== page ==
Our Cinema Groups Commemorate Remembrance Day with Special Film Screenings

This year marks the 100th Anniversary of the signing of the Armistice in 1918, which signalled the end of World War One. With a week to go before Remembrance Day 2018, Sunday 11th November, we wanted to highlight some of our CAE Screen groups that are showing specially selected films around the theme of war and conflict. Join our cinema promoters in remembering those who lost their lives in wartime, by attending one of the following screenings this November:

World War One

Journey’s End: Led by young officer Stanhope, whose mental health is rapidly disintegrating, a group of British soldiers await their fate in an Aisne dugout during the end of World War One. Given 4 stars in The Guardian earlier this year, this film brought out specifically to make the centenary brings “horror, humour and humanity to the trenches”, and injects “new passion” in to one of the 20th Century’s “oldest, grimmest tales of futility and slaughter”.

Showing at: Reedham Village Hall on 7th November, Welborne Village Hall on 9th November, Barton Bendish Village Hall on 10th November, Postwick Village Hall on 10th November, Banham Church on 10th November, Hethersett Village Hall on 11th November, North Creake Village Hall on 13th November, Alburgh Village Hall on 16th November, and Marlingford Village Hall on 17th November.

The Battles of Coronel and Falkland Islands – The Great War At Sea: This 1927 British documentary film is a dramatic reconstruction of the naval warfare around the Battle of Coronel and Battle of the Falkland Islands, two 1914 battles faced by the Royal Navy during the First World War. The BFI restored the film in 2014 for the centenary of the events, and added a new score.

Showing at: Gorleston Library on 8th November.

Oh! What A Lovely War: Richard Attenborough directs a stellar ensemble cast in this musical satire of The Great War, featuring Maggie Smith, Lawrence Olivier and Vanessa Redgrave. Causing some controversy at the time due to its black humour and criticism of the commanding forces behind the conflict, this film uses popular songs of the time to portray the most famous moments of World War One, and is regarded as one of the best anti-war films of all time.

Showing at: Downham Market Town Hall on 9th November.

World War Two

Spitfire: Charles Dance narrates this soaring and dramatic documentary of the fighter plane and pilots that helped win the Battle of Britain in World War Two. Breath-taking aerial footage and digitally remastered 1940s archive footage makes this a not to be missed cinematic documentary that celebrates a true story of courage, determination and triumph.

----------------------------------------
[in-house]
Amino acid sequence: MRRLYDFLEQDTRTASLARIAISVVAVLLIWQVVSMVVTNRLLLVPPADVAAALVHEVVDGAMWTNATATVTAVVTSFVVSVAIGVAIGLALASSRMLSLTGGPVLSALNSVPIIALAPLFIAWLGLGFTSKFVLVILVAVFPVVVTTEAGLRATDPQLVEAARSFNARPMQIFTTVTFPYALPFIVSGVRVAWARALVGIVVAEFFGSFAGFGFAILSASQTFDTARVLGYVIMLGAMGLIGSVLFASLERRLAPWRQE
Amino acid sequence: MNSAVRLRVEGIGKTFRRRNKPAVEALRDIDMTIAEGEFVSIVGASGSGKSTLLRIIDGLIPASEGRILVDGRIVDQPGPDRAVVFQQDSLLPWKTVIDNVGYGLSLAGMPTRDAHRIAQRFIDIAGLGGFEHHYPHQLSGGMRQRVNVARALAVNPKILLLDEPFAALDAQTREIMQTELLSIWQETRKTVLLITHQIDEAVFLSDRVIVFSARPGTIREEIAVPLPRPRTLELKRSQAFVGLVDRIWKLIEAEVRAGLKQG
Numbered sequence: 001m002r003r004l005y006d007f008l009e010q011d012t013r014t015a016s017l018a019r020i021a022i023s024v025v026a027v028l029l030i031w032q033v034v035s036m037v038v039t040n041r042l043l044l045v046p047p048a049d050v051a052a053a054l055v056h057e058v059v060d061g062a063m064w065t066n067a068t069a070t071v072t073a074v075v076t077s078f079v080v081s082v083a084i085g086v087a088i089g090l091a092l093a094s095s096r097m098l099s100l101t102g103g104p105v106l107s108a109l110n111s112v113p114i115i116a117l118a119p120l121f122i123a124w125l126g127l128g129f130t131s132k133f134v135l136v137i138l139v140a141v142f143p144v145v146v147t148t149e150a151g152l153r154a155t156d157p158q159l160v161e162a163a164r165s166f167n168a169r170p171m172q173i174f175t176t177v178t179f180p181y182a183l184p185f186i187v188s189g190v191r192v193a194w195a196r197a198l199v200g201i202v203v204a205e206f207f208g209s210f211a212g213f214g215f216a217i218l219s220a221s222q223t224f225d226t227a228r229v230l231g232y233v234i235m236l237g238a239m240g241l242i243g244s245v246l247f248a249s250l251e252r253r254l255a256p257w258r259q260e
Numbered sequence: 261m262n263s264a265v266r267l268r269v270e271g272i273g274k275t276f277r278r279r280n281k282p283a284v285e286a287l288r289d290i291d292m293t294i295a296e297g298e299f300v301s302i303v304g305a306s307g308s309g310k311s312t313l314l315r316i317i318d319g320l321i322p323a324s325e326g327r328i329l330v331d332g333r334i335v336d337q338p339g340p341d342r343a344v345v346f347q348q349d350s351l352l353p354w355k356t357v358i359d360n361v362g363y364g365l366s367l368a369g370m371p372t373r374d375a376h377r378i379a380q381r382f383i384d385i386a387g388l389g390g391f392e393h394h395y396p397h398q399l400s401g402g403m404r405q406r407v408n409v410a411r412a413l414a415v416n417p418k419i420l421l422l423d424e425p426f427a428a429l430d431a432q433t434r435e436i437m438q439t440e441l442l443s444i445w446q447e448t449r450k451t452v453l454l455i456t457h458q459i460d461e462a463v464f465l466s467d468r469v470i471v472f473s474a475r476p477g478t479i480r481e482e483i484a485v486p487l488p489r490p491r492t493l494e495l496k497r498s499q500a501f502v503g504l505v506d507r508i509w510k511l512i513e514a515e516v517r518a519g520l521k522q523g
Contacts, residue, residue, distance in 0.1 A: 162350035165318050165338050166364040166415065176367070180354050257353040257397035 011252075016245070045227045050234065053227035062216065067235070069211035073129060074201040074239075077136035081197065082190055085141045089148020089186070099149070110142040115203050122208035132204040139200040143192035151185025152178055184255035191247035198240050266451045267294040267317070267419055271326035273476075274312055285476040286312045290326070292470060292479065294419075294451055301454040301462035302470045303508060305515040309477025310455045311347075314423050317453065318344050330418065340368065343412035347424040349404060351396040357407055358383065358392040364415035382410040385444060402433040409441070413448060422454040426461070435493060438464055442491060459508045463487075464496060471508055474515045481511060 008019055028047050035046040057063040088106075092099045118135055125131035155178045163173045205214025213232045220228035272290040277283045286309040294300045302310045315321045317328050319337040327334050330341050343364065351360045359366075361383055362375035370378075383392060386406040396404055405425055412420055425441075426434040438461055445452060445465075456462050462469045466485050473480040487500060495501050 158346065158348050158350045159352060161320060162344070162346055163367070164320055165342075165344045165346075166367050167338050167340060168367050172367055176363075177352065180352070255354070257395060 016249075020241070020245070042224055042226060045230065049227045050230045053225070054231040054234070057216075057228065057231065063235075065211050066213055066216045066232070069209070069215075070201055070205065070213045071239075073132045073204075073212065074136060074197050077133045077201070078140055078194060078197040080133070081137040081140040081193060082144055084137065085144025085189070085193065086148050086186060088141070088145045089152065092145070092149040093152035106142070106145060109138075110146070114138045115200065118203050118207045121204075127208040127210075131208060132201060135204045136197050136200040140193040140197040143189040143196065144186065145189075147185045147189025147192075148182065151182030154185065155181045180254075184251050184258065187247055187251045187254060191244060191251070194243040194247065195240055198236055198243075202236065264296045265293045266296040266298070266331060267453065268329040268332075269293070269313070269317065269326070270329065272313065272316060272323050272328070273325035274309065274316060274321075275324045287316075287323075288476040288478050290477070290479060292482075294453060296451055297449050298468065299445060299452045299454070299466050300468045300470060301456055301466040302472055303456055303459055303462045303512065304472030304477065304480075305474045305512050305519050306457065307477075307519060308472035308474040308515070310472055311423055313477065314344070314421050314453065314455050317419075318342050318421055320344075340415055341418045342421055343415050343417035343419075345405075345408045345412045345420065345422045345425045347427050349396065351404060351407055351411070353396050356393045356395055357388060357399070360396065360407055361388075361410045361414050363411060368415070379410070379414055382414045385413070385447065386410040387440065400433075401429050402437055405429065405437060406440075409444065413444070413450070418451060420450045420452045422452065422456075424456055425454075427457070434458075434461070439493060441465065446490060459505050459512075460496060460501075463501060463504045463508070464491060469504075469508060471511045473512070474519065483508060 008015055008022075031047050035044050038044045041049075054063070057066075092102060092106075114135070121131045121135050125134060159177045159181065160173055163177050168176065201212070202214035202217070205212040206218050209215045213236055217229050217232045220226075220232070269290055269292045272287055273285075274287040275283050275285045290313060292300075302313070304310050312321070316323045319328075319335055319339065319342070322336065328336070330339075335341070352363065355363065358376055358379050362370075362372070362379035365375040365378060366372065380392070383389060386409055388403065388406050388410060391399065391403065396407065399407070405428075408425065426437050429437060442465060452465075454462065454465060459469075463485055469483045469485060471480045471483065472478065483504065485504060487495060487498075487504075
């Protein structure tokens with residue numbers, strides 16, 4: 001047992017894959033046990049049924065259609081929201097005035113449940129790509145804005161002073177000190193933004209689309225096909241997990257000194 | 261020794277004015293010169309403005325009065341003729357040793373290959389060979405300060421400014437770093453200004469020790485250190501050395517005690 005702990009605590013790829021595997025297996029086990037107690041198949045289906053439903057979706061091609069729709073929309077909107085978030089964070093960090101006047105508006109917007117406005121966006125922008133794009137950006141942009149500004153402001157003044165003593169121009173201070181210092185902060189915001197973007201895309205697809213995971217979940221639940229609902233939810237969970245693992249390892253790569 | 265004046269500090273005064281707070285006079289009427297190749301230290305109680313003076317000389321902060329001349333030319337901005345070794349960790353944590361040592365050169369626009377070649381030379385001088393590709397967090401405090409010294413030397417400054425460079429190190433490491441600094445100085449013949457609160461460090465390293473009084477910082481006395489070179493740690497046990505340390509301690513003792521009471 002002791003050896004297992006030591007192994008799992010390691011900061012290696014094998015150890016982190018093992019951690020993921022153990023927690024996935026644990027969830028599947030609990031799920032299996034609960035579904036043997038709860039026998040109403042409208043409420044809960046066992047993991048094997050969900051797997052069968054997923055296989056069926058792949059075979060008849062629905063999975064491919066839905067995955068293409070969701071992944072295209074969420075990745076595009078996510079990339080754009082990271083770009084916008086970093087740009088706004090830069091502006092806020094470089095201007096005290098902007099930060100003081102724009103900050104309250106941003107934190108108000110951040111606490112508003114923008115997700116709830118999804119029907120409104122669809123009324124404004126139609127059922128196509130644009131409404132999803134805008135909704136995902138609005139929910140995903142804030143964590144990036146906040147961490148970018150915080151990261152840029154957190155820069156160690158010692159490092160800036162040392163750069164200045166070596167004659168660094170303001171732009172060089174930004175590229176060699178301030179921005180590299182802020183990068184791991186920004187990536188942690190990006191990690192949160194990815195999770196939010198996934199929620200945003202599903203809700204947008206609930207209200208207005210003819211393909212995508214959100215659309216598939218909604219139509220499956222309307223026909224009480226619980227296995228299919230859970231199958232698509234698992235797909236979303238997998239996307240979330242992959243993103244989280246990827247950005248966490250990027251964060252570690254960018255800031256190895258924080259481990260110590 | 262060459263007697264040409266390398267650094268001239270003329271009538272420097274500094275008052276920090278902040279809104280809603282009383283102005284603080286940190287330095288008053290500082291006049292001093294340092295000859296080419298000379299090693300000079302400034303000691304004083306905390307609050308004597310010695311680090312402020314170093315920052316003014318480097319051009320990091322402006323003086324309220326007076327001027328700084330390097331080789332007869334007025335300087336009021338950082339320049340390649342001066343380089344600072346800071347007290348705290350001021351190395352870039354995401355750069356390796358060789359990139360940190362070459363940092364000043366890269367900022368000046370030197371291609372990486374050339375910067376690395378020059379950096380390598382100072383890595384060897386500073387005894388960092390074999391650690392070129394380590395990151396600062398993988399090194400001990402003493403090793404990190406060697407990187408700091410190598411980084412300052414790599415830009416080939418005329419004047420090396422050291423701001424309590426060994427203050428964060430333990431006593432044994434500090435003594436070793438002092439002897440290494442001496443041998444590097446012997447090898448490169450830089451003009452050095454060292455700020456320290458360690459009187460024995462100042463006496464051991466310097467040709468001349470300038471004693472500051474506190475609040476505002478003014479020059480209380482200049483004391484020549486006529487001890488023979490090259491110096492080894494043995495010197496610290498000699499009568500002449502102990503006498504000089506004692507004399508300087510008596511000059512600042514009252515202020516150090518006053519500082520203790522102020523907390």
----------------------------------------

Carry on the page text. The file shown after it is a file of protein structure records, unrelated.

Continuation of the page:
Showing at: Amy Robsart Village Hall, Syderstone, on 10th November.

Darkest Hour: This Churchill biopic starring Gary Oldman as Britain’s Second World War leader picked up a bounty of nominations and honours during this year’s awards season, including the Academy Award and BAFTA for Oldman’s turn as the iconic figure. Darkest Hour offers unrestricted access to both Churchill himself and the inner workings of the British government during World War Two, in particular Operation Dynamo, which went on to evacuate 300,000 allied troops from Dunkirk.

Showing at: Three Holes Village Hall on Sunday 4th November.

For more info on what else is coming up, visit our website.

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Our Pick of This Year’s Oscar Nominations

We’re huge cinema fans here at Creative Arts East, which means we’ve been keeping an eye on the big films of the moment nominated for the most prestigious awards in Hollywood – the 90th Academy Awards. The ceremony, otherwise known as ‘The Oscars’, takes places this Sunday 4th March, so let’s take a look at the some of the nominated films our team have been raving about. You never know, they could be hitting a community cinema screen near you next season!

SophieBest Picture: ‘Call Me By Your Name’

Stunning visuals of rural Italy, a fantastic soundtrack and a real tale of true romance! I found this film mesmerising and haven’t been able to stop thinking about it since I saw it at the cinema. Your heart will ache and break for these characters, you can’t not see this film!

 

ZoeBest Director: Paul Thomas Anderson for ‘Phantom Thread’

Part gothic romance, part crime and part period drama, this is a film that resists categorisation. It’s an exquisitely crafted, Hitchcockian character study, in which director Paul Thomas Anderson transports us into the decadent and glamorous world of 1950s haute couture. Allow yourself to be taken in by the fairy-tale enchantment, but watch out for something darker lurking beneath the service.

 

Sheila

Best Animated Feature: ‘Ferdinand’

Ferdinand is a gripping, big-hearted adventure that my children loved, and yet has jokes for the parents too. It’s easy watching fun with a simple storyline, and my girls liked it so much that they came out wanting a pet bull!

 

Karen

Best Actress: Sally Hawkins in ‘The Shape of Water’

The film has stunning visuals and cinematography throughout, but I was most struck by Sally Hawkins’ portrayal of Elisa. Her character is mute and as a result is often over-looked.  The emotion portrayed without dialogue, through not only expression and manner, but also physicality stayed with me and captured my interest. I was instantly captivated by her. 

 

LeaBest Cinematography: Blade Runner 2049

Blade Runner was a visual treat! You will be submerged in an expansive cyberpunk cityscape of neon colour and amazing special effects of the future, including massive holographic projections and virtual reality. It perfectly reflects when a new world meets the old – from gritty scenes of a ruined past in the desert to an excitingly new but ominous new technological world lit up in the dark.

 

Check out the full list of nominations here. Let us know which films you’ve been enjoying lately!